I've seen two episodes of a new comedy on HBO called Family Tree, and I'm kind of in love with it. Unfortunately my free HBO trial period just ended. But nonetheless. Family Tree is a half-hour fake-documentary style comedy about a British man named Tom, somewhat adrift around his thirtieth birthday, whose great-aunt dies and leaves him a trunk full of old family oddities. At first it seems like nothing but the most random collection of trash, like all of the antique dealers in London conspired to offload the rubbish at the bottom of their desk drawers, like someone took the leftovers from a two-day church rummage sale and packed them all into a single compartment. But it turns out that some of the pieces in the trunk are actually connections and relics from parts of Tom's own family that he barely knew or never knew existed. A simple photograph piques his curiosity, and sends Tom on a quest to discover a grandfather he never really knew; each subsequent piece ends up sending Tom onto some new chapter of discovery. It's a comedy, because Tom's family is just as full of bizarre, off-kilter relatives as any of ours are, only moreso, because it's television. But my hunch is that the show is just as much coming-of-age drama as it is comedy; that the real story is Tom's journey to weave together not only the disparate pieces of his own family but also the disparate pieces of himself, of his place in the family that brought him into the world, of his place in the story whose next chapter is his to write.

And so one of my priorities for our life together at Amherst Presbyterian Church is that we read Scripture together. Not just in the Sunday-morning sense of it, where I read Scripture during worship and we all kind of tune out until the sermon actually starts - yes, I know how church works -; no, my priority is that part of the lifeblood of our gathering is in the reading and recovering and rediscovering of Scripture. Which means that this summer two different things are going to happen. On Wednesday afternoons at 1:00, for anybody with an hour of time and a drop of curiosity, I am going to host here a very informal Bible study. We will quite literally begin at the beginning, reading Genesis together in a spirit of discovery and with plenty of room for questions and uncertainty. Bring all your doubts and all your wonders and all your hesitations; bring a late lunch if you want; bring a Bible if you want, though we have some around here as well. Then, on Sunday mornings this summer, I will likewise be reading and preaching through the first major section of the book of Genesis, the first eleven chapters - creation, Adam and Eve, Noah - the so-called primordial narratives before Abraham and Sara enter into the picture. My hope is that by concentrating on this one corner of the Biblical story, that by settling down for the summer instead of jumping each week from place to place, that reading together can begin to seep into the lifeblood of who we are.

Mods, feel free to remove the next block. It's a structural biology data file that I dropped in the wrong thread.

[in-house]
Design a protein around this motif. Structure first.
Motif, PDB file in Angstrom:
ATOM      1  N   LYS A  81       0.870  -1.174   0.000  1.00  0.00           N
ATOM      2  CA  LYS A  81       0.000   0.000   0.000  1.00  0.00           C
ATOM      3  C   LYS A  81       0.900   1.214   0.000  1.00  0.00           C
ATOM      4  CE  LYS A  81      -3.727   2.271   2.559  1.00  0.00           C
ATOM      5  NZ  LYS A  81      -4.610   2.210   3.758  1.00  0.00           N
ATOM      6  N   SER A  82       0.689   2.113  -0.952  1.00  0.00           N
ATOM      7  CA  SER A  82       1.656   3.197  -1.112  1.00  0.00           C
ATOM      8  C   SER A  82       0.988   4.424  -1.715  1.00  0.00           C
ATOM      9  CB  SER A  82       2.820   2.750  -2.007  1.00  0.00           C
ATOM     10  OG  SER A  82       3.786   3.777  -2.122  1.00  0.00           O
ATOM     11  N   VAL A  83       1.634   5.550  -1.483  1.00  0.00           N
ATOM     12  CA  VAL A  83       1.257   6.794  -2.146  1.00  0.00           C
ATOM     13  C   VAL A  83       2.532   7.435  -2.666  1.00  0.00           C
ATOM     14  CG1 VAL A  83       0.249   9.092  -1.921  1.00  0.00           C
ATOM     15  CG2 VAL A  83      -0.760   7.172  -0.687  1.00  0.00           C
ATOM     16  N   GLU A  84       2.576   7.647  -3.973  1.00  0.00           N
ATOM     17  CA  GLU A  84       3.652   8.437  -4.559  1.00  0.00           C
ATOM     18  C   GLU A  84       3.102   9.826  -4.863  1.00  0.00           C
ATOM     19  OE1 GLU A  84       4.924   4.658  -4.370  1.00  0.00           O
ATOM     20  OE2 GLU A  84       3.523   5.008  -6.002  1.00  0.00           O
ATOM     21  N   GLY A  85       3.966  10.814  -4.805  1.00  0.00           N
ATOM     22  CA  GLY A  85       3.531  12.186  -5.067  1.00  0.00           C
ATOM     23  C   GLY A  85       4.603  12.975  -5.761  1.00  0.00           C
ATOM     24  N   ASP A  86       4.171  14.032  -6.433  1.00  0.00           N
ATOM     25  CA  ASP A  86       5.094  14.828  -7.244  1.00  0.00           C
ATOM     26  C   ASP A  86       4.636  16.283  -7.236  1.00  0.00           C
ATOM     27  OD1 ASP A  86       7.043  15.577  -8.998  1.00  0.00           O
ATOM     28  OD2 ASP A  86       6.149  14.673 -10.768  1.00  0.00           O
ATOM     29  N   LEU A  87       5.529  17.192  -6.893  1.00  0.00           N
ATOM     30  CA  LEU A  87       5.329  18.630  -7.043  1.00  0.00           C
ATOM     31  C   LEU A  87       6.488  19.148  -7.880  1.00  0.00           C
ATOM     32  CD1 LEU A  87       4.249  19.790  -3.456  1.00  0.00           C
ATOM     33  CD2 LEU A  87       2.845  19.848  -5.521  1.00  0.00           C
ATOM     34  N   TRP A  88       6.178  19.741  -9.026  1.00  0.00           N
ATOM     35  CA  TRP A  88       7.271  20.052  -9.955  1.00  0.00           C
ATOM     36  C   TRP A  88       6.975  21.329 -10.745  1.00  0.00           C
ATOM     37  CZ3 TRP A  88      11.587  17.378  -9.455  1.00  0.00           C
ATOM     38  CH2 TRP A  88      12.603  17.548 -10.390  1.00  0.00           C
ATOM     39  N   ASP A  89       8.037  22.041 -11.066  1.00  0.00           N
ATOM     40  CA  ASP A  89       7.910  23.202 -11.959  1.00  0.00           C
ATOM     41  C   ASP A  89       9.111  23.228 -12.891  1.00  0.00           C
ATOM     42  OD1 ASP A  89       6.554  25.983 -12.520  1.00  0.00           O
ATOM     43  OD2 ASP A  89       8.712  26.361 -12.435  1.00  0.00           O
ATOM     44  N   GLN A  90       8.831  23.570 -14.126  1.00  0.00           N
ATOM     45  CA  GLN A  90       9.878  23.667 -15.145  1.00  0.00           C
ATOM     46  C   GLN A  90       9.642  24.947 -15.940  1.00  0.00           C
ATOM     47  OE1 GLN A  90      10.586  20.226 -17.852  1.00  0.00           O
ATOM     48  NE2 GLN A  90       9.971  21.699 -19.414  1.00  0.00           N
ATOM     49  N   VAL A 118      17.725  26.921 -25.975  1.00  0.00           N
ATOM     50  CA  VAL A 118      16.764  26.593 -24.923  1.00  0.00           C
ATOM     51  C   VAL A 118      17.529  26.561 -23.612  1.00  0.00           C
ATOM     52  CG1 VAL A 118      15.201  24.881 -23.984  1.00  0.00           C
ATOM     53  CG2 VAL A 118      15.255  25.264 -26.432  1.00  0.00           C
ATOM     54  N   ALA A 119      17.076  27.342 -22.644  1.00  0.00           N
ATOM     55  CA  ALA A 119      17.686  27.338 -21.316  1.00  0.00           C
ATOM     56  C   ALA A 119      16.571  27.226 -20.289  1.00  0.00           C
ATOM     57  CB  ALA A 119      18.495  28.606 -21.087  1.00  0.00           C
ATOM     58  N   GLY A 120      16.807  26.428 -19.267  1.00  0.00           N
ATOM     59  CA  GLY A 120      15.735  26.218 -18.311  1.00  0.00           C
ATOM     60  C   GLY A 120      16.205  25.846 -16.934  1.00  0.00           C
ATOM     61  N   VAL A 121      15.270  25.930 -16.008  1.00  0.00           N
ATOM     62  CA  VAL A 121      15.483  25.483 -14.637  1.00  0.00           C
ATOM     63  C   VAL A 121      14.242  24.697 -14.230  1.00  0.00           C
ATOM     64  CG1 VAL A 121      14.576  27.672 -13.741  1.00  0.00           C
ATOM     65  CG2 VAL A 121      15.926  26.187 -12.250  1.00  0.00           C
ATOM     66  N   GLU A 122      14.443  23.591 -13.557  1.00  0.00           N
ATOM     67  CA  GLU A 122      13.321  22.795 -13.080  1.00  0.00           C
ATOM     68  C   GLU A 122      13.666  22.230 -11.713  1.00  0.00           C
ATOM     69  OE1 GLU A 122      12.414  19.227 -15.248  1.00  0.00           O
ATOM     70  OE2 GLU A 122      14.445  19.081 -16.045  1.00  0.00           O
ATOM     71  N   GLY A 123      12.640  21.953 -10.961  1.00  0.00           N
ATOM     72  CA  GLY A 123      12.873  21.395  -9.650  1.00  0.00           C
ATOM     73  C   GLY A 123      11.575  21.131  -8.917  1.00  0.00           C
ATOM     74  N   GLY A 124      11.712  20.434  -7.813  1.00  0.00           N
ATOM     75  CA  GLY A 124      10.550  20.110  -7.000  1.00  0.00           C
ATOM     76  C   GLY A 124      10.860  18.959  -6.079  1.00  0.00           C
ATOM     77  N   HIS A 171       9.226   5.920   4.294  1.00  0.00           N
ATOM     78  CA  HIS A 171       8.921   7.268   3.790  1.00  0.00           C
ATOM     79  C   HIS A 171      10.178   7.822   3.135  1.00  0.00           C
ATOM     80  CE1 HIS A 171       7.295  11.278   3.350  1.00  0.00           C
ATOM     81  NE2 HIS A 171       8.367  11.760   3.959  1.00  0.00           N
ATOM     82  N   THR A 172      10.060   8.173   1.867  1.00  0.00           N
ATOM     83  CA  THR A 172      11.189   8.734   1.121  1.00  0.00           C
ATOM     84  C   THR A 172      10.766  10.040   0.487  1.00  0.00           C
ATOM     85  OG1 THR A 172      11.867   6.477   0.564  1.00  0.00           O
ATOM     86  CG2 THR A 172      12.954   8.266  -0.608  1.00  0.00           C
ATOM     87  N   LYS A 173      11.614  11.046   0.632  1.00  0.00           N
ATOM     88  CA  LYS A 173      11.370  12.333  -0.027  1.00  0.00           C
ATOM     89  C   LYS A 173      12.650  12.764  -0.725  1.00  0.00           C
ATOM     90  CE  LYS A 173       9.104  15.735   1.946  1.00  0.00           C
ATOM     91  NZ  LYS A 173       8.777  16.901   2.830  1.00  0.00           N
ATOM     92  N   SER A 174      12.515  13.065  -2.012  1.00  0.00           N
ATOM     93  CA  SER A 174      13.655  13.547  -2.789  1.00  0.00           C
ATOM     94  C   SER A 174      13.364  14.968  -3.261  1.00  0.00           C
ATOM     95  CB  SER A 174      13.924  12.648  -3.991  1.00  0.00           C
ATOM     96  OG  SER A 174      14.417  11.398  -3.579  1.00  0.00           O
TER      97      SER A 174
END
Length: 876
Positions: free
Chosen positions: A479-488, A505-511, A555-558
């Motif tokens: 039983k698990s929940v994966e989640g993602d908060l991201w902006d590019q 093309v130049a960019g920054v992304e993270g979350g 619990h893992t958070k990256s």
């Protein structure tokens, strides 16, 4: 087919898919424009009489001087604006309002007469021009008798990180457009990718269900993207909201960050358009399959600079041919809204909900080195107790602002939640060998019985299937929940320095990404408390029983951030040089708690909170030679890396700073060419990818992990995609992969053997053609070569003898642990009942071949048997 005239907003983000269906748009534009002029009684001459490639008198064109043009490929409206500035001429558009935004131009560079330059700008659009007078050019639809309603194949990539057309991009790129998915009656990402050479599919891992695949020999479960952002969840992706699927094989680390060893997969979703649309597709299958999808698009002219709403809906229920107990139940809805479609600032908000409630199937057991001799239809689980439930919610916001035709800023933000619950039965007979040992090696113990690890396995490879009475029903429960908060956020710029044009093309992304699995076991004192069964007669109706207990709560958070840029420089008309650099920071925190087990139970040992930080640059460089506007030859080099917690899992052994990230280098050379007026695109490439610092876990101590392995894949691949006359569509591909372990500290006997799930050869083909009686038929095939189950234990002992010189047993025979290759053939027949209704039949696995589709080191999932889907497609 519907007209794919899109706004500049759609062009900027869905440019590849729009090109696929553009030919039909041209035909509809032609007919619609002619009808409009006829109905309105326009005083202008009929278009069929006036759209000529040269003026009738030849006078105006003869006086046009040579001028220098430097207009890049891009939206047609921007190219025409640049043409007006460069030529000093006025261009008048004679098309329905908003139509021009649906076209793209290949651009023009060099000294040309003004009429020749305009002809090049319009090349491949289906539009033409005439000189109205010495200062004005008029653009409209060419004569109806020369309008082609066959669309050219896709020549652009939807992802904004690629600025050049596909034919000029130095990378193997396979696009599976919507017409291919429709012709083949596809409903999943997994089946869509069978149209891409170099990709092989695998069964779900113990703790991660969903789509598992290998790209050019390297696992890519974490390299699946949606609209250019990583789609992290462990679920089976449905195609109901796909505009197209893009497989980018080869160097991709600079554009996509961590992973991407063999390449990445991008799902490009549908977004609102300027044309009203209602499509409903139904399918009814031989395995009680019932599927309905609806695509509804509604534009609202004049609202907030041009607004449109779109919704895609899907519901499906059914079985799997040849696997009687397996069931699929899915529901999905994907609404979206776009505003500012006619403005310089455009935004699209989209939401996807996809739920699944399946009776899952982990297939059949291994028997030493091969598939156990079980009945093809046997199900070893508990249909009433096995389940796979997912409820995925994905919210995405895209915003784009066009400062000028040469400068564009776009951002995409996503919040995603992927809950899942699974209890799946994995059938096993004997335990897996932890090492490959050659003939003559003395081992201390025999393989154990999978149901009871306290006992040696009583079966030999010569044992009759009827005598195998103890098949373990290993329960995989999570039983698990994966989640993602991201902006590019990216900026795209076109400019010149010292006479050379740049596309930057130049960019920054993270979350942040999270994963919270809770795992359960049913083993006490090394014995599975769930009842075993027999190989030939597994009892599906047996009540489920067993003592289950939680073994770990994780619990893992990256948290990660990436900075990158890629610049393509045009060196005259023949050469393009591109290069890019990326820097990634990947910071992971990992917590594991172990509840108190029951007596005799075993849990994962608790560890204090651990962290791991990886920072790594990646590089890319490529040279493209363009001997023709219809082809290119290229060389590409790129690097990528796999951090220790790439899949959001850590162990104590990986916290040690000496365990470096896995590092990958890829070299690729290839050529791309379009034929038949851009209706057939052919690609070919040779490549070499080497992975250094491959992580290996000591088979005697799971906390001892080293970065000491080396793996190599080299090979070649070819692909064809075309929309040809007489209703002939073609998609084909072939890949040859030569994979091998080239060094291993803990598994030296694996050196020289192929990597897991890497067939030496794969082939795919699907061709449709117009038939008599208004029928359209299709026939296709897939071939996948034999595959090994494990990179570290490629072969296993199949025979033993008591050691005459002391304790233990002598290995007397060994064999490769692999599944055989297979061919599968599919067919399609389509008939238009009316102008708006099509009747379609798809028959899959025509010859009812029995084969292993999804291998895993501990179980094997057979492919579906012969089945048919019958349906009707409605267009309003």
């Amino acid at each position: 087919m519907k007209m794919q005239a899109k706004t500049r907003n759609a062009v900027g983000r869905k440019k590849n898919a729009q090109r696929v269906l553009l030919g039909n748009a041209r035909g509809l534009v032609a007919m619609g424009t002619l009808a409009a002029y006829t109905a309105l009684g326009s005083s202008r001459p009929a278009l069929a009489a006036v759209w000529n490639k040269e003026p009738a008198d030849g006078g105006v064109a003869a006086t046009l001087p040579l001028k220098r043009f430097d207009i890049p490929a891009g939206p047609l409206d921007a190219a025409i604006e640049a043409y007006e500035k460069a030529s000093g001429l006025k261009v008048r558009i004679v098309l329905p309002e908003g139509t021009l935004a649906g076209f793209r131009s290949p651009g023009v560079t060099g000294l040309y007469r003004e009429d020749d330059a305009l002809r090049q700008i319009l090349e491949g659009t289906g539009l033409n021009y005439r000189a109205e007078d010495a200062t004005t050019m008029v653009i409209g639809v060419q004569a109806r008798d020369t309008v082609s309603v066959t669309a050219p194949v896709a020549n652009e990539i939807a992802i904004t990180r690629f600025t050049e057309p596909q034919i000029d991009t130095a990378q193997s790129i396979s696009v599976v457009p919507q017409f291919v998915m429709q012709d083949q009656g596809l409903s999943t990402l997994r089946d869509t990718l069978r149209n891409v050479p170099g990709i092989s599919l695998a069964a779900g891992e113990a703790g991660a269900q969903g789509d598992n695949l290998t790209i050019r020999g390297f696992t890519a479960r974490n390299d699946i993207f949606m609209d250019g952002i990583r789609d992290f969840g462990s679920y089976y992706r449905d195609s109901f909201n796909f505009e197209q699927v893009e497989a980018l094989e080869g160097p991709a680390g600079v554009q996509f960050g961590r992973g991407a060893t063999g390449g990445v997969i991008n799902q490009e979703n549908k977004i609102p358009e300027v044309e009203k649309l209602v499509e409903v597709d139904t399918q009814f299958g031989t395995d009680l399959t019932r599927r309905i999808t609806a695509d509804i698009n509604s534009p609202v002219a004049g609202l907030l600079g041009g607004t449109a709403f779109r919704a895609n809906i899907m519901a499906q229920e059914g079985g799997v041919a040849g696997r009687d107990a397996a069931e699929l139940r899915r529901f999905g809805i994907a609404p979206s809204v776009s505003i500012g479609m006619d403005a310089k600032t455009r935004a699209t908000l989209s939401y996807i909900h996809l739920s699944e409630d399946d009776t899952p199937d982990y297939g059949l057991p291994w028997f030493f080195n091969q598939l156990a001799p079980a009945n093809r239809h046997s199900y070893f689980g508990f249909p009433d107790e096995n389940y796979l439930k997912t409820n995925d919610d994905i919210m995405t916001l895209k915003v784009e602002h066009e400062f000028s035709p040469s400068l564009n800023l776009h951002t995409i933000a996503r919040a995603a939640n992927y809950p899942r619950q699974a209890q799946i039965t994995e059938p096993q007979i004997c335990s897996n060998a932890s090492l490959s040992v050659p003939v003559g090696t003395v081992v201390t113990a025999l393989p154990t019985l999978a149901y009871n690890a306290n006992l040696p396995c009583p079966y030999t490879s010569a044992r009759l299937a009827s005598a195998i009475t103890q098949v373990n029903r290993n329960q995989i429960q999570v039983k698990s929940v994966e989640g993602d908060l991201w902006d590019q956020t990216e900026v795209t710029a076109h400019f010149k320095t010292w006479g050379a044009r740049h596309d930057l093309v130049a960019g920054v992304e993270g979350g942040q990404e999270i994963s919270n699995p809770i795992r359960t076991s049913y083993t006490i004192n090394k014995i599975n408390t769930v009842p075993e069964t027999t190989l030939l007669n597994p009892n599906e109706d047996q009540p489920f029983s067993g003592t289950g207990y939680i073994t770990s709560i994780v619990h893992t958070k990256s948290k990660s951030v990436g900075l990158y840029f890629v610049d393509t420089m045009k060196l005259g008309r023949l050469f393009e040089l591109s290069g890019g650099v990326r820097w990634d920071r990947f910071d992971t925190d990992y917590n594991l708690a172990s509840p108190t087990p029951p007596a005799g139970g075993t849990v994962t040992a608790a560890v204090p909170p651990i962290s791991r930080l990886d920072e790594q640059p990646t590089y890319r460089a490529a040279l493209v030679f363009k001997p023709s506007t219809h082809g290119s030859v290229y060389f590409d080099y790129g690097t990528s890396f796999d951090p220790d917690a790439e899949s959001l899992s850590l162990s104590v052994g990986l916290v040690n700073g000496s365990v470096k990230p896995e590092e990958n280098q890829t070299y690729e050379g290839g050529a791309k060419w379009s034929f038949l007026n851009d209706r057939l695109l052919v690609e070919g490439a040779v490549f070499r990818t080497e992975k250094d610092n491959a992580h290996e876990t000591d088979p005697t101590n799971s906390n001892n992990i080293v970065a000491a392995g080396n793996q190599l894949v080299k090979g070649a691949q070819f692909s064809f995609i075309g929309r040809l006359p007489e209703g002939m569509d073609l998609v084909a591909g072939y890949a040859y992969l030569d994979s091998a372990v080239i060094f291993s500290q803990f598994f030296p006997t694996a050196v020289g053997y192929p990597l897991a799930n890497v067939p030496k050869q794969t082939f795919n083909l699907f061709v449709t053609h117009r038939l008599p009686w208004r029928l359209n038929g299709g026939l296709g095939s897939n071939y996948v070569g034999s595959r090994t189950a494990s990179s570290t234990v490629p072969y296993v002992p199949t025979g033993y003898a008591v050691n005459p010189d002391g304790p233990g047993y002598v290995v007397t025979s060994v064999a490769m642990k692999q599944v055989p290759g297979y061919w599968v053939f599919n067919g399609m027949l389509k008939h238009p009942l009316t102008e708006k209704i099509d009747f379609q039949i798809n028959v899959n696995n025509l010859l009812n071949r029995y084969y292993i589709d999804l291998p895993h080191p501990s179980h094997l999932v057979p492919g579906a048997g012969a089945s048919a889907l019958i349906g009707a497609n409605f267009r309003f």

And it seem to me that there are two ways this can go. If we read Scripture as Life's Little Instruction Manual; if, like Josiah, we expect to discover in the words of this book all of the things we've done wrong and all of the things we should be doing right; if we treat the Bible like the the ultimate how-to guide for successful Christian living, then we will soon find ourselves, much like Josiah, bogged down in a panic. But I think there's another way, and my hope for our time together is that we can read Scripture not to find out how to live but to find out who we are. To sort through the oddball trunk of stuff that we call "The Bible" and find those pieces that pique our curiosity. To discover the threads that connect us to the people and places and off-kilter characters that populate its pages. To find ourselves woven into the story of God's people and the story of God's faithfulness. So come with me, and let's read together. Let's read with wonder and imagination. Let's read with skepticism and doubt. Let's read with intelligence and grace and faithfulness and love. We will not find a cure for diabetes. But we might find out who we are, children of creation, children of God, children of the story of God told in the words of this book, children of the story whose next chapter is waiting to be written. Amen.